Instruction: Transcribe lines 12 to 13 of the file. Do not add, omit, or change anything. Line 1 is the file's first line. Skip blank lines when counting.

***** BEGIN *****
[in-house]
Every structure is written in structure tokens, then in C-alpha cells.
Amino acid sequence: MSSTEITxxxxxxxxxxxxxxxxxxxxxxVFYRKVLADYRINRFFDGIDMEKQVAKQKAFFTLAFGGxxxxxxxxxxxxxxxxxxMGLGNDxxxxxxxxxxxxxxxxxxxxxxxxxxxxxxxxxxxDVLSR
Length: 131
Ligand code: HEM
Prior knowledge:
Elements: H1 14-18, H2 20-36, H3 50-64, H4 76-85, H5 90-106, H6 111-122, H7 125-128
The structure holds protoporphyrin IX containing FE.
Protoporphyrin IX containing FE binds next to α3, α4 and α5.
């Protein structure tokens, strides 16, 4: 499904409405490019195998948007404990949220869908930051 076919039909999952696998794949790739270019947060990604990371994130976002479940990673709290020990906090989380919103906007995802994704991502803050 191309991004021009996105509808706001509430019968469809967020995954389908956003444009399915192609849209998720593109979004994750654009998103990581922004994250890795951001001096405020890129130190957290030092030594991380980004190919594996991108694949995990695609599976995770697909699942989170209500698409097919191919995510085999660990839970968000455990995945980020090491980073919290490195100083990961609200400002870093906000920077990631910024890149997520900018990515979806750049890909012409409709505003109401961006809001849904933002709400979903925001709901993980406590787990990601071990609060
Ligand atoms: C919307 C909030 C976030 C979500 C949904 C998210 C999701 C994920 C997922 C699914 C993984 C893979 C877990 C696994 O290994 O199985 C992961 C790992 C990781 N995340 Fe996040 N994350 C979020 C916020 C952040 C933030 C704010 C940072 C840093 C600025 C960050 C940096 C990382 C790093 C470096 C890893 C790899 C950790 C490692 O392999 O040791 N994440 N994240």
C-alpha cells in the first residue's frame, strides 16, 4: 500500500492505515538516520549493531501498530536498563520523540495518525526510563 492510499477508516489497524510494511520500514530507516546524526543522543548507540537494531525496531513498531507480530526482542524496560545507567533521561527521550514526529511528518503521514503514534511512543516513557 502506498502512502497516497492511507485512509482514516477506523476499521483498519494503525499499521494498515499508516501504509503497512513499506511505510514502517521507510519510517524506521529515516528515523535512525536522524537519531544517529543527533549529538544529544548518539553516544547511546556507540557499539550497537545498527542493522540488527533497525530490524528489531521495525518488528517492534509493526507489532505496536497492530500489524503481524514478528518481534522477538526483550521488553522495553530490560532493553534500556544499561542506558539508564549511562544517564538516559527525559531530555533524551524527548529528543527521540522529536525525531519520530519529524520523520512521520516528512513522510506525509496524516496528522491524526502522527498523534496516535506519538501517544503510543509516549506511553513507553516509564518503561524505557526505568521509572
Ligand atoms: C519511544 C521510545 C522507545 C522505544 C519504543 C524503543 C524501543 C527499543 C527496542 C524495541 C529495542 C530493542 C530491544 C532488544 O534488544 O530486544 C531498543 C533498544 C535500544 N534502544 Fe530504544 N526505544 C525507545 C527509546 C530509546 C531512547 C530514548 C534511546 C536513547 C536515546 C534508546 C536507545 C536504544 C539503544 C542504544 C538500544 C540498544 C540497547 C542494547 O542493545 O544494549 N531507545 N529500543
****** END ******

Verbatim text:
C-alpha cells in the first residue's frame, strides 16, 4: 500500500492505515538516520549493531501498530536498563520523540495518525526510563 492510499477508516489497524510494511520500514530507516546524526543522543548507540537494531525496531513498531507480530526482542524496560545507567533521561527521550514526529511528518503521514503514534511512543516513557 502506498502512502497516497492511507485512509482514516477506523476499521483498519494503525499499521494498515499508516501504509503497512513499506511505510514502517521507510519510517524506521529515516528515523535512525536522524537519531544517529543527533549529538544529544548518539553516544547511546556507540557499539550497537545498527542493522540488527533497525530490524528489531521495525518488528517492534509493526507489532505496536497492530500489524503481524514478528518481534522477538526483550521488553522495553530490560532493553534500556544499561542506558539508564549511562544517564538516559527525559531530555533524551524527548529528543527521540522529536525525531519520530519529524520523520512521520516528512513522510506525509496524516496528522491524526502522527498523534496516535506519538501517544503510543509516549506511553513507553516509564518503561524505557526505568521509572
Ligand atoms: C519511544 C521510545 C522507545 C522505544 C519504543 C524503543 C524501543 C527499543 C527496542 C524495541 C529495542 C530493542 C530491544 C532488544 O534488544 O530486544 C531498543 C533498544 C535500544 N534502544 Fe530504544 N526505544 C525507545 C527509546 C530509546 C531512547 C530514548 C534511546 C536513547 C536515546 C534508546 C536507545 C536504544 C539503544 C542504544 C538500544 C540498544 C540497547 C542494547 O542493545 O544494549 N531507545 N529500543